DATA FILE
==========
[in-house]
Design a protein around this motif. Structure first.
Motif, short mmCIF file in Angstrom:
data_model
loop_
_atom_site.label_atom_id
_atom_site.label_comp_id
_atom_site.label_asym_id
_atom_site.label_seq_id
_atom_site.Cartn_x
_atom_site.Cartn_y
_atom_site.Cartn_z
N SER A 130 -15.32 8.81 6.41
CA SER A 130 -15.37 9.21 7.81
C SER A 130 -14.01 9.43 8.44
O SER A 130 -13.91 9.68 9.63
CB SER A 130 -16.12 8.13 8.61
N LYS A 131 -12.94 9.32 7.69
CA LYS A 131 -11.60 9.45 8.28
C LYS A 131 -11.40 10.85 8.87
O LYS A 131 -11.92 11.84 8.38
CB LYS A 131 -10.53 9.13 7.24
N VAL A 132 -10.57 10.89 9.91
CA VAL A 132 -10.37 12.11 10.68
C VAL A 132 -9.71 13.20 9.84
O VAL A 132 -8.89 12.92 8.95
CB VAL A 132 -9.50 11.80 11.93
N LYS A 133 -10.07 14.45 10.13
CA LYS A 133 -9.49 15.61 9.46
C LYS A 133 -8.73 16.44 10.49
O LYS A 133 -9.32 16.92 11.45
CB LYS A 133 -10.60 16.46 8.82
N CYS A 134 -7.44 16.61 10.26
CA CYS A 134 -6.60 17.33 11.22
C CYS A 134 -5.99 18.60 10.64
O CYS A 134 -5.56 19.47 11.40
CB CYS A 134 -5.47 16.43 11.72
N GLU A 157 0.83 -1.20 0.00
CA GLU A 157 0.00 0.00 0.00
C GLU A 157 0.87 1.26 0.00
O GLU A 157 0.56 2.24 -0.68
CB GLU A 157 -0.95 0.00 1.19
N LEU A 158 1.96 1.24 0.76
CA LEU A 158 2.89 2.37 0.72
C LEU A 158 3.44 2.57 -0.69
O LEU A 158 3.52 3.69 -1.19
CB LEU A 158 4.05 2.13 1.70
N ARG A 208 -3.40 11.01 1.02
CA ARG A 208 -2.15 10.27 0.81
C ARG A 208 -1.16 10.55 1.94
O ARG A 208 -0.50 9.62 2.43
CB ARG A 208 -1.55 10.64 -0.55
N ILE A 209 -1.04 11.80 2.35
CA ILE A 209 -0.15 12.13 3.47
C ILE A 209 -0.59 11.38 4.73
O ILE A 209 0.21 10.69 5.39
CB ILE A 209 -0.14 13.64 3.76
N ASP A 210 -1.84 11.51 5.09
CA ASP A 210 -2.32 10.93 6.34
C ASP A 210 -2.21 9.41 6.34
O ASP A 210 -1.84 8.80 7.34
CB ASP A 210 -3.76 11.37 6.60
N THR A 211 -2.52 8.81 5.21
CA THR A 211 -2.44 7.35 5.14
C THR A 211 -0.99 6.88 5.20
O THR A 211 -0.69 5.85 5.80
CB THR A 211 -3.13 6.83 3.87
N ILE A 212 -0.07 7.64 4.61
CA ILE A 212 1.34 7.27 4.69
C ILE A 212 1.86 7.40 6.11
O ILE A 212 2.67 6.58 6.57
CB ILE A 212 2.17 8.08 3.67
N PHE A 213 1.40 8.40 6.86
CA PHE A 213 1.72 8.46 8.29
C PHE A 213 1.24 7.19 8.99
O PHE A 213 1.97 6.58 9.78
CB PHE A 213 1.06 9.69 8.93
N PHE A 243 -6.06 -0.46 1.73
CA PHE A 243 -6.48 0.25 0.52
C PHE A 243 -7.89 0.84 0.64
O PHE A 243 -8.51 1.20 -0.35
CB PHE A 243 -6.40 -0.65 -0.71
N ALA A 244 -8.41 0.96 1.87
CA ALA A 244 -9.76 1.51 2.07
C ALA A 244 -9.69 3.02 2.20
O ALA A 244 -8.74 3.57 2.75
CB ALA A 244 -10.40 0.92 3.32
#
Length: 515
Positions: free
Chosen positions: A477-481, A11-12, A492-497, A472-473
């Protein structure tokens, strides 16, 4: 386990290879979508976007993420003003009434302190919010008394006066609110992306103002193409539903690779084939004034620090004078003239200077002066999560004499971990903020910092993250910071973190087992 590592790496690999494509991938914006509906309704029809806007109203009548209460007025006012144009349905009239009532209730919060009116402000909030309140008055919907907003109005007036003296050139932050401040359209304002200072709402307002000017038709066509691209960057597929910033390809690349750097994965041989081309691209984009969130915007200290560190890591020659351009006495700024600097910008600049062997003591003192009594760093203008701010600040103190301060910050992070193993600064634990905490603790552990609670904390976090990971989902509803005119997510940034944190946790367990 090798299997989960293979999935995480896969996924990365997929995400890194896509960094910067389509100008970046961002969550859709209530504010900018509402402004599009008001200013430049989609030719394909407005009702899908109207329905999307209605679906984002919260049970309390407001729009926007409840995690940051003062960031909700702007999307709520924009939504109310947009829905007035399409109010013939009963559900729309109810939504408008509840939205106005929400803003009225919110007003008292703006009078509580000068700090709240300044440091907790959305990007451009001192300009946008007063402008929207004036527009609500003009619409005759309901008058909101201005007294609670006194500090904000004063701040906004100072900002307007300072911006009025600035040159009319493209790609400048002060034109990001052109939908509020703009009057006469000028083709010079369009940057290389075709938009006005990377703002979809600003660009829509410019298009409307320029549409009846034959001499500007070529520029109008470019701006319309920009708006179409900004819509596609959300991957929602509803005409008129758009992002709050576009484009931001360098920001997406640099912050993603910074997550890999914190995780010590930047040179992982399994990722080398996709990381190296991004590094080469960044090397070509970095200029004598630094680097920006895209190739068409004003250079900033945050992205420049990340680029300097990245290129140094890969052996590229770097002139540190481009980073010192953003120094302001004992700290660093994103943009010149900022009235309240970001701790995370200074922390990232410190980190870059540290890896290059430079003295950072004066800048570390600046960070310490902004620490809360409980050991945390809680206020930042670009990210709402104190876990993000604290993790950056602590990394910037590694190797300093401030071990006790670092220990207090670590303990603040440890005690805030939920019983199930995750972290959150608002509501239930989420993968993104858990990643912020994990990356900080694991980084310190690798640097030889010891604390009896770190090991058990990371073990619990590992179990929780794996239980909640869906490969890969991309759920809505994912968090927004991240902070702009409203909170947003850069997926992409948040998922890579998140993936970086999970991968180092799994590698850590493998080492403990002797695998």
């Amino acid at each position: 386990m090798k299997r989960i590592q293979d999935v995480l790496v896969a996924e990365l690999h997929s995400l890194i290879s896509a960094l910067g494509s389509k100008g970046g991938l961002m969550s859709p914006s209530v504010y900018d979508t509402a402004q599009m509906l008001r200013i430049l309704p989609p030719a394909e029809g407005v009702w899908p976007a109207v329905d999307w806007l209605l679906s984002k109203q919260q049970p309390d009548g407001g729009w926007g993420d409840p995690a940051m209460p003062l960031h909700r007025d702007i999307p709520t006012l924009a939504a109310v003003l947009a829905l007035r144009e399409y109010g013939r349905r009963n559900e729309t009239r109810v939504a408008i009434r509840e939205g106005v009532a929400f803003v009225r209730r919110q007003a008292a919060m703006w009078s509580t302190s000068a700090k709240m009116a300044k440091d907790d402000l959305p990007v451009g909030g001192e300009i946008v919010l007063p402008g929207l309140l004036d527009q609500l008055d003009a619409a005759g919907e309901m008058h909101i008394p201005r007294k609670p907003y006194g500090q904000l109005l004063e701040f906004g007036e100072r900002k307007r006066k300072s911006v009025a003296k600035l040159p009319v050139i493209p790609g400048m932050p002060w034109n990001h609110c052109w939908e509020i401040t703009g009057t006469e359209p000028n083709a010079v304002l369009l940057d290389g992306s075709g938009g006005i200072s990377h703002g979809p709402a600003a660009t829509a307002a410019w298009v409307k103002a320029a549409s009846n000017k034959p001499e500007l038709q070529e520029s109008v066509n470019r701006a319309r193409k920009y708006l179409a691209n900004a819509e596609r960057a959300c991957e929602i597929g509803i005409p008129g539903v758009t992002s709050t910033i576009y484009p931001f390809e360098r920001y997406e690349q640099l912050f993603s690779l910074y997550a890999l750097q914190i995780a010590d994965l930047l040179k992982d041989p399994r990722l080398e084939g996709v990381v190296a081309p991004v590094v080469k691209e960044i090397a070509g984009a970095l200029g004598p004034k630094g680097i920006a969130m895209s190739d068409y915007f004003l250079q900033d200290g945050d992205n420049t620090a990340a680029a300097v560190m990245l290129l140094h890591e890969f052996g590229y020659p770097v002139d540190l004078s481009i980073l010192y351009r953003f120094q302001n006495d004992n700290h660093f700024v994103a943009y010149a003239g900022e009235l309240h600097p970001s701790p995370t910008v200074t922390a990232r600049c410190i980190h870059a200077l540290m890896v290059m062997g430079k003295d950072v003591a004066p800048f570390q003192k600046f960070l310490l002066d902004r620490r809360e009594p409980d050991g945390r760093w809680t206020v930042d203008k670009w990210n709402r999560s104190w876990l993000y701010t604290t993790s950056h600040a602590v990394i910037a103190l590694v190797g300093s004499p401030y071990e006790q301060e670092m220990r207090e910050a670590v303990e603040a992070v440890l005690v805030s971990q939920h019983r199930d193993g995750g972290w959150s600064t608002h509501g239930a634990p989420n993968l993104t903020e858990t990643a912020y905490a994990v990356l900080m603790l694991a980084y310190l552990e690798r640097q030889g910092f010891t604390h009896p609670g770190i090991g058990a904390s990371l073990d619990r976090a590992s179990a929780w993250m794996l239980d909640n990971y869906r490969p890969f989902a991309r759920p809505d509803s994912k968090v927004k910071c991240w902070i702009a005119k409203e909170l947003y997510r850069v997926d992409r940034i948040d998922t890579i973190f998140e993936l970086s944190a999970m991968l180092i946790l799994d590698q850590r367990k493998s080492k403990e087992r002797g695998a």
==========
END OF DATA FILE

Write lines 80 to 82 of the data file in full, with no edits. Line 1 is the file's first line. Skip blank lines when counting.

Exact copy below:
C PHE A 243 -7.89 0.84 0.64
O PHE A 243 -8.51 1.20 -0.35
CB PHE A 243 -6.40 -0.65 -0.71